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Paralyzed football star, 16, determined to walk again A month after SUV crash, Morris back home to heal from 'incomplete injury'

DeShanaro D. Morris returned home this week, a month after he was paralyzed in a one-vehicle crash in Amherst.

The Sweet Home High School football star was a passenger in a sport utility vehicle that spun out of control on snow-slicked North Forest Road, slammed head-on into a utility pole and slid into a ditch.

That was the last time he was able to move his legs, but there is hope he will again walk because doctors, he said, have told him that the battering to his spine was an "incomplete injury." They base the diagnosis on the fact that he has feeling in his legs.

"If I had a complete injury, I wouldn't be able to recover and walk again, and I am going to walk again," the determined 16-year-old said Thursday, a day after his release from Erie County Medical Center. "The doctors say seven months, eight months, a year. It depends on when my nerves heal."

DeShanaro says the injury is only a temporary setback, though he acknowledges he will probably never again play football.

And, what a football player he was.

Last season, the 6-foot-1, 220-pound running back rushed for a record-breaking 1,503 yards and scored 25 touchdowns, helping to lead Sweet Home to a 13-0 record and its first state football championship, in Class A. On defense, he was a bruising All-Western New York linebacker, with 127 tackles.

Now in a wheelchair, DeShanaro said he sees life from a different angle. Instead of mere passing thoughts for others struggling with physical disabilities, he says, he feels a deeper sense of compassion.

"A few months ago, I'd look at people in wheelchairs and say that's messed up that they wound up in wheelchairs," DeShanaro said. "Now, I feel bad for them. They can do stuff like regular people, but there is a limit."

He says he can't get used to the fact that his legs have stopped working.

At the hospital, he said, he would wheel himself out of his room and go to an area with couches beside a window on the eighth floor and gaze outside for hours.

"I'd ask my mom to get me some pillows so I could sit on the couch, and then I'd lift myself out of the wheelchair," he said, grateful for the assistance from his mother, Andrea Morris.

He said his thoughts often rambled from wondering how someone in a wheelchair would never know the thrill of riding a roller coaster at an amusement park to why this accident happened to him.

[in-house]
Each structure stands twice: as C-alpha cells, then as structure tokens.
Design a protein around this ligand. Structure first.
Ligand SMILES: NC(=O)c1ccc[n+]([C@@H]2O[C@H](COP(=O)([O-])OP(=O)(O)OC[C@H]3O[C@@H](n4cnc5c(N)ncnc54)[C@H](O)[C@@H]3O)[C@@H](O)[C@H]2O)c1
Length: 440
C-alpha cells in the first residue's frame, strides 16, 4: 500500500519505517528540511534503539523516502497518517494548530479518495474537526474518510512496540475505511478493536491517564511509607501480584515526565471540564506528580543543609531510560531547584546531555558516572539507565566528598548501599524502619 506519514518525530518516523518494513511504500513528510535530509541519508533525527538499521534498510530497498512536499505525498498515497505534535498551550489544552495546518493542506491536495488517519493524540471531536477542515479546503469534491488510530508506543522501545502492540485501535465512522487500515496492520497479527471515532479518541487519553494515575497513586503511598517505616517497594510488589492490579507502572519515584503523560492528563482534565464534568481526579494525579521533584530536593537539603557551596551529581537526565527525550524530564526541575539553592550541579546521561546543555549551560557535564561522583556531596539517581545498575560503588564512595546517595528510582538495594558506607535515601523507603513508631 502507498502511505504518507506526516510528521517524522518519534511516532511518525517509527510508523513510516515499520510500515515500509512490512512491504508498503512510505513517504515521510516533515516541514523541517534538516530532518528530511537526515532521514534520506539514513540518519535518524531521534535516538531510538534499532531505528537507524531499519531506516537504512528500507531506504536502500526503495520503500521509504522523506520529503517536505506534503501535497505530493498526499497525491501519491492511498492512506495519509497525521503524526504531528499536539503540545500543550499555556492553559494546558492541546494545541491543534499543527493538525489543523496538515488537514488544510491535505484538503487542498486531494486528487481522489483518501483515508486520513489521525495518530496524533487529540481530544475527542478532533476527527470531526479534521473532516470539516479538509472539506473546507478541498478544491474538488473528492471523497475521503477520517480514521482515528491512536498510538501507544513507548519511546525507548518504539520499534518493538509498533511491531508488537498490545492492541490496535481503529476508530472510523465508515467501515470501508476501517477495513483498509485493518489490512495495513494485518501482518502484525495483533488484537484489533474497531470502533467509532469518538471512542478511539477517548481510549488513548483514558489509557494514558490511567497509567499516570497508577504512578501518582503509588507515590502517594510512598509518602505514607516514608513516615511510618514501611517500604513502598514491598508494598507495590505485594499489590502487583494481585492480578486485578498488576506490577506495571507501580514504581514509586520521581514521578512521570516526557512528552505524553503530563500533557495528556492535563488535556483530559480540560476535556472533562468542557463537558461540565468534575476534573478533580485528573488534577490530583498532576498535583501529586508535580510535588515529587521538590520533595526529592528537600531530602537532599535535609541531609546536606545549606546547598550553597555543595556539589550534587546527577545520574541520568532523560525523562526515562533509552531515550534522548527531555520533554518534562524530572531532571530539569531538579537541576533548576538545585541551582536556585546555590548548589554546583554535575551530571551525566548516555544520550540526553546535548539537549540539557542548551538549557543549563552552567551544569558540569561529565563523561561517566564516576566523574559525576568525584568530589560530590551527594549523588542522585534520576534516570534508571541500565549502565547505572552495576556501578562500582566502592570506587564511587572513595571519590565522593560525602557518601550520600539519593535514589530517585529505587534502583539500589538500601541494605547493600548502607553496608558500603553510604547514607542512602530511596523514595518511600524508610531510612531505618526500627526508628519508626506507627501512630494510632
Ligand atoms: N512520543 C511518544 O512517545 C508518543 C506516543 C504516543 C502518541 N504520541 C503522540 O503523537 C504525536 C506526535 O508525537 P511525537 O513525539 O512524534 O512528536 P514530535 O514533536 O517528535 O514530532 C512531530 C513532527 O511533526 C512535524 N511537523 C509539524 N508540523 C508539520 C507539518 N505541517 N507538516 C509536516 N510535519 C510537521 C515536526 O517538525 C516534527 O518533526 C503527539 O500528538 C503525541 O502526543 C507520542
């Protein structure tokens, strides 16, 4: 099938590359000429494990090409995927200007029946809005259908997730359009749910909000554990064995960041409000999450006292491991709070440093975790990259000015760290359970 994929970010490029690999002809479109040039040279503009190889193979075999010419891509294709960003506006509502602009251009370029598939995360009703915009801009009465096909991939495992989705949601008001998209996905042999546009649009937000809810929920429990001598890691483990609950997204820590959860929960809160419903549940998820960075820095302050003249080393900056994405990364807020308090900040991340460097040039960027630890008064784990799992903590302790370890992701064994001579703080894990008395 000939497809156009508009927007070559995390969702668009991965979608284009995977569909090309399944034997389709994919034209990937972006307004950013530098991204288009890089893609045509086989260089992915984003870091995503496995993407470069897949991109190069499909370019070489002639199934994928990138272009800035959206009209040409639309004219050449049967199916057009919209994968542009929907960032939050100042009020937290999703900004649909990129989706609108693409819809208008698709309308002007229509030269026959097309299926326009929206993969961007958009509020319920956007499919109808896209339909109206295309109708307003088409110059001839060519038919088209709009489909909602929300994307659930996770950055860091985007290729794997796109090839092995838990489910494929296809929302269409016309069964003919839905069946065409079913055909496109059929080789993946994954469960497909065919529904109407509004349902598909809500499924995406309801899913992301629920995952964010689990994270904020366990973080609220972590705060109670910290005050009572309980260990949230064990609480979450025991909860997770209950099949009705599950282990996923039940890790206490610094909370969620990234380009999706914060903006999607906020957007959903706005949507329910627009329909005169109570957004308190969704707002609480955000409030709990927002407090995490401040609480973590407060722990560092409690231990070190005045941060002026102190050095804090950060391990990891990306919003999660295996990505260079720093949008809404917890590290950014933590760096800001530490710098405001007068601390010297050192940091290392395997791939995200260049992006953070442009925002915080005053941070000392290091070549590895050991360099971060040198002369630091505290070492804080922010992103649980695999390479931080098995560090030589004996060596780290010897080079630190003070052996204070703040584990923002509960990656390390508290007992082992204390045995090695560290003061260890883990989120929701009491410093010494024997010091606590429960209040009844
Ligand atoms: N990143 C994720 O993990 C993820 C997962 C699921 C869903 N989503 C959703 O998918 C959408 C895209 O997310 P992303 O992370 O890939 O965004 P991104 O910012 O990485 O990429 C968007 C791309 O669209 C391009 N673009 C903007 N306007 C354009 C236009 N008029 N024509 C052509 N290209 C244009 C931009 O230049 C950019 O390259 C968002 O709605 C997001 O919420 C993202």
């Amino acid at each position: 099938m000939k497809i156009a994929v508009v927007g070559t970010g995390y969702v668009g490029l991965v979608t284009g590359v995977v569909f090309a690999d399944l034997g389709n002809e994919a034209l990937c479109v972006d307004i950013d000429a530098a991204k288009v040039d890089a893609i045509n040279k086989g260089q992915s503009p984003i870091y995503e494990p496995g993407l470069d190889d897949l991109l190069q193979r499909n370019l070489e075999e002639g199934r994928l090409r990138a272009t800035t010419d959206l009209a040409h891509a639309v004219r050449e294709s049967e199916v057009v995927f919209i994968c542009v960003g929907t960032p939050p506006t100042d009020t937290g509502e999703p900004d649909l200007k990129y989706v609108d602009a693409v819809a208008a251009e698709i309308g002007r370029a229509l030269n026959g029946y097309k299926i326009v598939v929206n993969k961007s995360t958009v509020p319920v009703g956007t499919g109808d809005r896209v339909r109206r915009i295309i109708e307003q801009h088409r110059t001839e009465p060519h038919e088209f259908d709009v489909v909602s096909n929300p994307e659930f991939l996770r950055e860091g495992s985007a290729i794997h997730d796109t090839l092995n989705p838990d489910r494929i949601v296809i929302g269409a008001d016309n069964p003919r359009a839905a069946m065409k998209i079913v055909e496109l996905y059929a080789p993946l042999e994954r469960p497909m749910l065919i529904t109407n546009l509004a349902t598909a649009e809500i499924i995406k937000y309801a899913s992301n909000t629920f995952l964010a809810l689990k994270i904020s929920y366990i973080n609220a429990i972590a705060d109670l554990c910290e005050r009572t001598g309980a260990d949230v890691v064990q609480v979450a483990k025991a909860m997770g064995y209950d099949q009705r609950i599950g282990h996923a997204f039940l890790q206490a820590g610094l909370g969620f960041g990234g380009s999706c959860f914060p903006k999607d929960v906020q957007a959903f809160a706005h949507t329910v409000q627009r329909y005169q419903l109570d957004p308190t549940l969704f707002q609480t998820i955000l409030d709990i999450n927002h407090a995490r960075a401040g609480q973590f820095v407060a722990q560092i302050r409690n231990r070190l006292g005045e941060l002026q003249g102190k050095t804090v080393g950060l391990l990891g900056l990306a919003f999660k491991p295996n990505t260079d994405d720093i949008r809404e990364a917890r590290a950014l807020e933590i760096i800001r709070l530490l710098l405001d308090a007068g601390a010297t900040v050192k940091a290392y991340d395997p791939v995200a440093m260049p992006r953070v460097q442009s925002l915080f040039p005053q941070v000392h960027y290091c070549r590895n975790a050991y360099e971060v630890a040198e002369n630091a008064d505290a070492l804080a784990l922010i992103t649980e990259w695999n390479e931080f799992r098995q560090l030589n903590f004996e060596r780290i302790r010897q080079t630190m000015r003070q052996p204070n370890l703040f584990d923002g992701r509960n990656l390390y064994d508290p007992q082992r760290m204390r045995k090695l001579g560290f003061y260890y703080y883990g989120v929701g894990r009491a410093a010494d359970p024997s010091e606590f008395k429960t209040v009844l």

"I thought, 'Why me?' Out of the four people in the car, I had the worst injury," DeShanaro said.

The accident occurred on North Forest, near Main Street, as he and his friends were heading home in a snowstorm from a teen night at a Clarence nightclub.

DeShanaro said he was on his cell phone in the back seat talking with his girlfriend when the SUV began swerving.

"The car fishtailed a little," he said. "I blinked once, and all I knew was it was spinning. My friends were yelling, but I was shocked. I thought to myself, 'Please, don't let it hit anything major.'

"I saw a mailbox, then a telephone pole came out of nowhere, I said, 'Please, just nick the car,' but we hit it front-on, right in the middle. When we hit, my head went up and hit the roof, then my chest hit the back of the driver's seat. All the impact was on my back."

The impact, he said, caused damage to vertebrae in the middle and top of his spine. Surgeons implanted a steel rod to help stabilize his spine, and he now wears a neck brace.

Despite the setback, DeShanaro says, he is grateful the injuries were not worse.

"God was willing to bless me," he said, adding that he is eager to begin physical therapy on an outpatient basis at ECMC.

Both his father, Eric Morris, and Sweet Home varsity football coach John Faller say his enthusiasm is not unexpected.

"There ain't no quit in him," said Morris, who added proudly that his son took three Regents exams last week -- in science, math and global studies -- and passed them.

Faller said that while DeShanaro was in the hospital, he lifted weights and did other exercises to maintain his upper-body strength.

"That's why he's been released from the hospital. He's working hard every day. He does a lot of upper-body exercises. He's a strong kid," said Faller, who is organizing a fundraiser to assist with paying expenses DeShanaro and his family will face during the long journey of rehabilitation.

The benefit is set for 2 to 6 p.m. March 29 in Classics V restaurant, 2425 Niagara Falls Blvd., Amherst. More details about the event are expected to be released next week.

DeShanaro said he has every intention of attending the event, and plans to return to school before it lets out in June.

But for now, it's just good to be home. When his mother asked him Wednesday evening what he wanted for his first home-cooked meal in more than a month, he said she would have made him anything, but he picked tacos.

Two friends also showed up and they played video games. One of them involved DeShanaro's favorite sport -- football.

"I won a couple of times," he said.

But the high school junior said he has now set his heart on a much bigger win -- walking.